My father was am immigrant from Mexico. My mother a full blood Kiowa/Cherokee from Oklahoma. They worked the peanut and cotton fields when my sisters and I were young. I remember ducking the large rolling water sprayers in the fields; I remember the heat coming from the dirt onto my bare feet; and I remember living in abandoned farm houses in the Oklahoma fields. Let me tell you about cold nights. No, better yet, let me tell you about the warmth you can have from the thin layer of a blanket.
As I make progress through the revision stage of my novel, Uncle Called Him Spider, I visualize odd and peculiar moments in my life. Here I am thinking about point of view, analyzing the spaces between first person narrative and third person limited omniscience, and I start to make the comparison of that space to the thin layer of a blanket on a cold night. Then I remember the farm houses.
Odd how the memory works.
So a few days ago I was living through a fictional space in my mind where I envisioned someone asking me, “Why did you write Uncle Called Him Spider in third person limited omniscient instead of first person?” They would go onto explain how the two forms aren’t very far apart structurally. So many great novels are written in the first person. Yes, I actually visualize conversations like this. And, yes, I’m only a breath away from insanity, but only the good writers are.
It’s a good question. I’m glad the fictive personality in my mind asked. Why third over first? I think it goes back to the blanket on the cold night. So what does first person perspective do? It pulls the reader in close. You are directly inside the narrator’s mind and you are watching what the narrator watches. You only experience what the narrator feels. You are under the blanket.
So you’re going to argue third person limited does the same thing. But I’m going to disagree with you. It does put you, the reader, inside the main character’s mind. Yes, you feel what she feels and you get to hear her thoughts. But there is one thing first person doesn’t offer: Freedom.
With just a thin layer of distance, third person limited omniscient gives the reader a power lost to the first person POV. Because you are subconsciously noticing the “he said, she said” aspect of the writing, you are then subconsciously implementing the “he said, she said” mentality. Meaning? You cast judgment more readily. You are less likely to identify with the main character and more likely to criticize her.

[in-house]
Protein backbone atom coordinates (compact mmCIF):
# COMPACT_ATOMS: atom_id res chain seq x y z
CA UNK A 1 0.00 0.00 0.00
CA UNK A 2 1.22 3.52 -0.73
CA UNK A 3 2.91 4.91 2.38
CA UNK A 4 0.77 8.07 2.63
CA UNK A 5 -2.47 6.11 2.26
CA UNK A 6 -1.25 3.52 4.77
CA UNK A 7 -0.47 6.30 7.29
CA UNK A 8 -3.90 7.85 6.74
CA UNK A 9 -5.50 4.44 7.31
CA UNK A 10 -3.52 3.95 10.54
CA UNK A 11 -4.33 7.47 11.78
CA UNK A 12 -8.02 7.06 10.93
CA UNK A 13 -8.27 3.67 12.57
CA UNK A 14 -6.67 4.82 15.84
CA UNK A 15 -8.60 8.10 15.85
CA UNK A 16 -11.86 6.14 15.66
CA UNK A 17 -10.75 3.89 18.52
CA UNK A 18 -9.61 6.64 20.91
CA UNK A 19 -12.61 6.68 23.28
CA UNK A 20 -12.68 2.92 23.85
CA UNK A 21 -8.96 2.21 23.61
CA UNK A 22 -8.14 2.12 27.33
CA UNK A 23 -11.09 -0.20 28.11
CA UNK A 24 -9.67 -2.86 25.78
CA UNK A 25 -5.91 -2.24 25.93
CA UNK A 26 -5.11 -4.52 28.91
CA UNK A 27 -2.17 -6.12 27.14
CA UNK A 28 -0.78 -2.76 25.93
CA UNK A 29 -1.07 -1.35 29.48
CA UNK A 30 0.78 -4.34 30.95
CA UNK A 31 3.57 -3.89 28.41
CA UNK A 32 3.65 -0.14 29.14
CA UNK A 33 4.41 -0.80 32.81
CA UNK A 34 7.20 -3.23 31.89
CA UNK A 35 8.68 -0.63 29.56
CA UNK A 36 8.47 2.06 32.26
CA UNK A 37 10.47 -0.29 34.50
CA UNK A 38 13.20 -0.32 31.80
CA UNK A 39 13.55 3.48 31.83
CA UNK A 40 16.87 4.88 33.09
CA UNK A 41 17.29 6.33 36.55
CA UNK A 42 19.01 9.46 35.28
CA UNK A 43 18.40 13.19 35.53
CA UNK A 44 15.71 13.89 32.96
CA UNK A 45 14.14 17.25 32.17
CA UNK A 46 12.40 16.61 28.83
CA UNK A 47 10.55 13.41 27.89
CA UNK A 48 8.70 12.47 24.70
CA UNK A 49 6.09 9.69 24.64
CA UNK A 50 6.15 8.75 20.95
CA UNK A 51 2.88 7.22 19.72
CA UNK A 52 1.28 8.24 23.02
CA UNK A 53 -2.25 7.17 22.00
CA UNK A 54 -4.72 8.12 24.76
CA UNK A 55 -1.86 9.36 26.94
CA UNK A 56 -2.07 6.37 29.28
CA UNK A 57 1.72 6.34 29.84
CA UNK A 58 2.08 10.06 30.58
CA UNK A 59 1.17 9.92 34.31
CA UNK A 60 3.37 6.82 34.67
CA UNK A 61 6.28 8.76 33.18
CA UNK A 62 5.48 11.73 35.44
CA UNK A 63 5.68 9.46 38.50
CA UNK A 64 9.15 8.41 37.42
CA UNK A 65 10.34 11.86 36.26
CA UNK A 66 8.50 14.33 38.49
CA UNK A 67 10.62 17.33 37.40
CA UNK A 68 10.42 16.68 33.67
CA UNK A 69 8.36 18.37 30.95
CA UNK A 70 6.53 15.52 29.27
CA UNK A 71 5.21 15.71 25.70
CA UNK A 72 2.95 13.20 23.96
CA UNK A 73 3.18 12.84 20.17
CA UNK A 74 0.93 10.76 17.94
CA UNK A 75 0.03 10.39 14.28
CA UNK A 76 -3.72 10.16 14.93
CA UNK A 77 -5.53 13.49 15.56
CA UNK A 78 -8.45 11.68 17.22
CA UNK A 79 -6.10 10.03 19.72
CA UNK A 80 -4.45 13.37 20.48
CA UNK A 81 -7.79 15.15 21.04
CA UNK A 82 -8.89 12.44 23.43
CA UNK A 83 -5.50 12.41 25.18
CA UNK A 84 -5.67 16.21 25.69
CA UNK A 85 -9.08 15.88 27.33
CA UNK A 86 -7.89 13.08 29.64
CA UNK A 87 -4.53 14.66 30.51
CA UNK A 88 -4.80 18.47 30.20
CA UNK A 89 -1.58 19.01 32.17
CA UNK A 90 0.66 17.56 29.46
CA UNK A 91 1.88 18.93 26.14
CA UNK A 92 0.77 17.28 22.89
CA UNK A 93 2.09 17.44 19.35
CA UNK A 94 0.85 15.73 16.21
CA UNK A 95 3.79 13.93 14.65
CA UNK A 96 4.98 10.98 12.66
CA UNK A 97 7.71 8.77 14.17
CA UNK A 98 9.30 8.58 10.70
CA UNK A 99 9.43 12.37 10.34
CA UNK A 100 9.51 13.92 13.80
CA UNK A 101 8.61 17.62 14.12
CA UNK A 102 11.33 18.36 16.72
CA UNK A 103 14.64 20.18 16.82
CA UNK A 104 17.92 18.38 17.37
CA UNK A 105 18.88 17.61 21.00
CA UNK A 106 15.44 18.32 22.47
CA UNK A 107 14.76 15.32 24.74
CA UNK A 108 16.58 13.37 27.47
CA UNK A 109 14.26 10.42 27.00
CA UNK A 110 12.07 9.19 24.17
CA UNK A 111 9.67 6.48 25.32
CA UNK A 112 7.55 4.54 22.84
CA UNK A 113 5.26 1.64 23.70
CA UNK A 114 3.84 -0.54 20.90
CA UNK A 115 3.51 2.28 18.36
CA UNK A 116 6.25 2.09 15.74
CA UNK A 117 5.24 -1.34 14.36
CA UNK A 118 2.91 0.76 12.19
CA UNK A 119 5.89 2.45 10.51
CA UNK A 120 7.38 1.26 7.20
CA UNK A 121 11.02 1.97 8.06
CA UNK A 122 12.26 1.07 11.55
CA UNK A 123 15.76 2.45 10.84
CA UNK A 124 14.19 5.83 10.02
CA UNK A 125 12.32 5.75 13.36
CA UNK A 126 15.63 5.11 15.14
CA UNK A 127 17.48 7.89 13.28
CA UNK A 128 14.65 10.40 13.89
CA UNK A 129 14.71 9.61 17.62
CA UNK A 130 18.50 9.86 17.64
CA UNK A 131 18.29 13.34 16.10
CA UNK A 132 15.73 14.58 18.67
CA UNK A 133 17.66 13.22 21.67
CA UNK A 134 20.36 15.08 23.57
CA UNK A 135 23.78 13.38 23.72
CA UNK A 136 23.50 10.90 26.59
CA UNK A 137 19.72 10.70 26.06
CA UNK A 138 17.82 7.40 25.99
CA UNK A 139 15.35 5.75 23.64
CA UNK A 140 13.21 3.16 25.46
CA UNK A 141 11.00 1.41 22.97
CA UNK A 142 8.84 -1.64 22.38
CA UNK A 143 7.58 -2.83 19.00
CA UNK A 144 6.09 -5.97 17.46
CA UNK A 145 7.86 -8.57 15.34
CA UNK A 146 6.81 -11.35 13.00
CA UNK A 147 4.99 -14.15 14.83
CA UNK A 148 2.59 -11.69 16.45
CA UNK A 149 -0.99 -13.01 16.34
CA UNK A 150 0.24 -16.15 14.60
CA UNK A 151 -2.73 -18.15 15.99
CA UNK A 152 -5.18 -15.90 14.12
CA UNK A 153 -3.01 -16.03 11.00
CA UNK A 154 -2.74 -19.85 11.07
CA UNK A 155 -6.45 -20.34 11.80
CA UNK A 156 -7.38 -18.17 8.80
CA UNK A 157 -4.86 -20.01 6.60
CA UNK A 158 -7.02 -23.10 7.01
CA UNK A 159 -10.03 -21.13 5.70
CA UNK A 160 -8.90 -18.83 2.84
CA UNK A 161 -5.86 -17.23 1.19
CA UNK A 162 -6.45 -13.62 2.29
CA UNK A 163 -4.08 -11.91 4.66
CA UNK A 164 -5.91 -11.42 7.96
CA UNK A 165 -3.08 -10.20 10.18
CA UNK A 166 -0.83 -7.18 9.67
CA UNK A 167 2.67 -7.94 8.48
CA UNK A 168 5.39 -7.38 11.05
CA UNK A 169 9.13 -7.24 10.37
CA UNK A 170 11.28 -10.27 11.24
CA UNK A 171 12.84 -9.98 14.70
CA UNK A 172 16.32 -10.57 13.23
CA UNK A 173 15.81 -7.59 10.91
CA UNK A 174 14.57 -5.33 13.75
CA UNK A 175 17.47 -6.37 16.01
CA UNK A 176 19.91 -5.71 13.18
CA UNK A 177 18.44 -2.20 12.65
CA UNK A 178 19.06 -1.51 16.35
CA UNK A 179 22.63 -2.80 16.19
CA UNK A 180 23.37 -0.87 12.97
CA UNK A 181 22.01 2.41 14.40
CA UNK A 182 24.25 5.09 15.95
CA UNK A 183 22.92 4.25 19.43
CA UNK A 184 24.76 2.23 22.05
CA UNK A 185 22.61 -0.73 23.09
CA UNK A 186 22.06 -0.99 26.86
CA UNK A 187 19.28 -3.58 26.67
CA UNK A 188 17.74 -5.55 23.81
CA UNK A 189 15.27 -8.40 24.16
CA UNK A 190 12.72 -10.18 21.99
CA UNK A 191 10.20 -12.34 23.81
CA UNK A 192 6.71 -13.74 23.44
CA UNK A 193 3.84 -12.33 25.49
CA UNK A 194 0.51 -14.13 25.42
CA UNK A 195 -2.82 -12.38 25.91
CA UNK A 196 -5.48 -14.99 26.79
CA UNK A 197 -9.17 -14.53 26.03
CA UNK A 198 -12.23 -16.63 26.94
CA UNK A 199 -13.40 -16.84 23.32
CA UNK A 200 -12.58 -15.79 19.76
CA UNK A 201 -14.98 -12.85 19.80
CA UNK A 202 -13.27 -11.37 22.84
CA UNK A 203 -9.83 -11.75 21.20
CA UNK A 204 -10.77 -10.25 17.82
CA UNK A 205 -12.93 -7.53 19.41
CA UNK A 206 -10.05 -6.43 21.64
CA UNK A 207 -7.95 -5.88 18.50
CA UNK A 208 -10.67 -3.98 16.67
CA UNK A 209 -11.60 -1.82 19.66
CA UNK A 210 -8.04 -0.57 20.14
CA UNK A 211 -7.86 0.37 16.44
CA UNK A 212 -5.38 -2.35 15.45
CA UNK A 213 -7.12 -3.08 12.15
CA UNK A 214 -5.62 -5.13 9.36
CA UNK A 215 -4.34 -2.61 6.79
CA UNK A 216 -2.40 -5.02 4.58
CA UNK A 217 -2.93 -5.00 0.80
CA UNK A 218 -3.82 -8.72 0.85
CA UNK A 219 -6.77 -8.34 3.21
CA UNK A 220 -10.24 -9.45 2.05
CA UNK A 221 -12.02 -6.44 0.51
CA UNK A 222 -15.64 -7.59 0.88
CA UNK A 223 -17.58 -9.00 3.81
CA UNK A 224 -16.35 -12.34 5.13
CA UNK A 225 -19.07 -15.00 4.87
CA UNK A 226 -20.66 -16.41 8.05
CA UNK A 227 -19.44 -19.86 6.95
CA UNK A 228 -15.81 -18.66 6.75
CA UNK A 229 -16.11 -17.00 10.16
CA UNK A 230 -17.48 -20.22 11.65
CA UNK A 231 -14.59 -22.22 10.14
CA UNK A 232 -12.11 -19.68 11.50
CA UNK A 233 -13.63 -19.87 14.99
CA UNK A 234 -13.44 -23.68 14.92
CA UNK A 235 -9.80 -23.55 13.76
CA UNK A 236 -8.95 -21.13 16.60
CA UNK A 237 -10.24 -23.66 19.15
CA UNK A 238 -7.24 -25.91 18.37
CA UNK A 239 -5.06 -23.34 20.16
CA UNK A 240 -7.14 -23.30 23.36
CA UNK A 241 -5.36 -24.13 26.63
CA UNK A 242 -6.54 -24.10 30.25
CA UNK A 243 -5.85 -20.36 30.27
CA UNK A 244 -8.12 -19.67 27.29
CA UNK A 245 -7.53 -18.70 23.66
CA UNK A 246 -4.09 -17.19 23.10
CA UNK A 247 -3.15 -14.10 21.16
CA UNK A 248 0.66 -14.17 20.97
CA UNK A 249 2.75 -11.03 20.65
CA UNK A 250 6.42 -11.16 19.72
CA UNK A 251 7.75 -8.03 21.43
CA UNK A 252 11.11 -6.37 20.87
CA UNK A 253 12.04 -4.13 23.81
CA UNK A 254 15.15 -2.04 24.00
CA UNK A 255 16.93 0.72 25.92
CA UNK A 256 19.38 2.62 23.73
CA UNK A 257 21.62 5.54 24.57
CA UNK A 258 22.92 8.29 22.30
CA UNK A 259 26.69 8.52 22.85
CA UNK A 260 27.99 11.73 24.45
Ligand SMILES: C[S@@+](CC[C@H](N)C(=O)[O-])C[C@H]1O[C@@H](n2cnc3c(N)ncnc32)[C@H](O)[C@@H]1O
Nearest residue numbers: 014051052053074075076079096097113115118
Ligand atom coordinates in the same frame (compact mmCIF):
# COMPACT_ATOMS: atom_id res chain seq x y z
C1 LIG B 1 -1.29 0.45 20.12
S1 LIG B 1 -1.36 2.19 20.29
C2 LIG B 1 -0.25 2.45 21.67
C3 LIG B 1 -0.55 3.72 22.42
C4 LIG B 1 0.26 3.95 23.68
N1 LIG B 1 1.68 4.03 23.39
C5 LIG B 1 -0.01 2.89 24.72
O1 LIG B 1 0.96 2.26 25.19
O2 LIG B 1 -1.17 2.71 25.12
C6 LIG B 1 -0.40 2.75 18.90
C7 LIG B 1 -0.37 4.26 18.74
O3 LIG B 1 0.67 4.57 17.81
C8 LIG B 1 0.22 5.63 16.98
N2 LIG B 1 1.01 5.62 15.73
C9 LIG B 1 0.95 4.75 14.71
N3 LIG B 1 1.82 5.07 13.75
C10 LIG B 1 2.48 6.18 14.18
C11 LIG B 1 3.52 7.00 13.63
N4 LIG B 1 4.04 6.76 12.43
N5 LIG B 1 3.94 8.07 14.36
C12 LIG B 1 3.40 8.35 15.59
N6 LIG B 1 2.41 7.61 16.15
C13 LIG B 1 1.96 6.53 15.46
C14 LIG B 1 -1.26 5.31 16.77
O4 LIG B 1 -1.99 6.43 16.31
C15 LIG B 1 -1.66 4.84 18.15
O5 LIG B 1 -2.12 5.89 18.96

“The omniscient narrator is a bizarre technique, when you think about it, and no one uses it much anymore. But for the novels I want to write, it’s the only approach that makes sense to me.” — by Min Jin Lee
Why? It’s space. Being on the outside of the blanket you still feel the cold night, while the main character is cozy under the blanket. There’s enough distance to analyze and criticize situations as the main character moves through the storyline. In essence, it empowers the reader to make their own conclusions without the main character trying to convince them otherwise.
I’m going to take this a little deeper–just for food for thought. I think it may be an issue of control. If an author wants you to think a certain way about a character she will do anything and everything to persuade you, like using first person narration. Now, don’t get upset at me for making this claim. If you go read the three free short stories on my website, you’ll find three first person short stories. I write first person. But as I think about the novel I’m writing I can’t help but wonder how much of it has to do with authorial control over the reader. Maybe I’m in a space of letting go, ready to give readers their freedom so I can have my own. Or…maybe I think way too much about this shit. 🙂
Support a Native owned Etsy shop, Allies United, where I offer unique merch for allies of social justice movements, like MMIW, Native Lives Matter and Black Lives Matter. Take a look inside my Etsy shop here: etsy.com/shop/AlliesUnited.
(The images used in this post were borrowed from Wikimedia and Wikipedia)
(Images were borrowed from pexels.com and terrain.org)